Many corporations have many different databases scattered around, from a variety of vendors, on a variety of platforms. This makes life difficult for decision makers who want to run queries against multiple databases. Reporting tools can access individual databases and tables, but can't access them in combination. A data warehouse can do the job, but building one is expensive and time- consuming.
Two new products promise to run queries and reports simultaneously through multiple databases. Petroleum firm Global Cos. LLC uses DQBroker, from Metagon Technologies LLC ($A50,000).
Global got in trouble in 1998, when it moved its accounting system from a mainframe to a client/server Oracle Financials system. "We used to run integrated divisional analysis reports that relied on databases on the mainframe," says IS director Jim Shelton. "Suddenly we realized that doing this integrated reporting was a lot harder because now the data was on two different platforms." For example, customer order entry and sales analysis data remained on the mainframe, while receivables data and ledger entries for the same customers were now on the Oracle platform.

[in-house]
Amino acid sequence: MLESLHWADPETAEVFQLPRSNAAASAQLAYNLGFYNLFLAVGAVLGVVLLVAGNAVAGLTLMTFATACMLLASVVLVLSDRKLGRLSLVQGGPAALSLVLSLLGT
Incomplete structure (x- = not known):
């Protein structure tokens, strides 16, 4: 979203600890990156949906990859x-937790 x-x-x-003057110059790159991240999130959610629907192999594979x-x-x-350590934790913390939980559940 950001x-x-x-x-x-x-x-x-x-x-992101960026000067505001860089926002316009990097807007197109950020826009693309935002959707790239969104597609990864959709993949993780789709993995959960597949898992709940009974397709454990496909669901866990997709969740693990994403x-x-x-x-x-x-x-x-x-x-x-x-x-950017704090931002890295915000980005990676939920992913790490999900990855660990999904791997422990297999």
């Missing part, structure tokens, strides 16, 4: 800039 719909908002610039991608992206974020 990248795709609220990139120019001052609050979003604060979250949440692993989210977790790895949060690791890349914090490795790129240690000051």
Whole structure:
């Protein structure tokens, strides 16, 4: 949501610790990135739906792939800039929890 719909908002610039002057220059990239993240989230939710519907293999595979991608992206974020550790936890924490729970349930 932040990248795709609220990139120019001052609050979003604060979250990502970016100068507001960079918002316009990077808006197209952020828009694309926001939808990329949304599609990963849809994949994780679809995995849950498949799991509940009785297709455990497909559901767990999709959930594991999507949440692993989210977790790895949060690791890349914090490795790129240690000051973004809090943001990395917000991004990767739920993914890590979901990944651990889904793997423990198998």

Global now uses DQBroker to access data from those and other databases. This middleware product, so called because it lies between front-end user applications and back-end databases, performs the complex function of enabling the user application to join tables from multiple databases as if they were in the same database.
"With this tool, we were even able to augment the Oracle Financials by allowing users to drill down between databases," says Shelton. DQBroker required just a day to install, plus another two days of consulting to get it operational.
Textbook publisher Hough-ton Mifflin Co. is considering a different product to access its 18 large databases, some as much as 15 years old: Info X-Ray, from InfoRay Inc. (starting price is $150,000). "Info X-Ray provides mapping tools that look across disparate databases, and lets us slice customers across the company and produce reports," says chief technology officer Mark Mooney.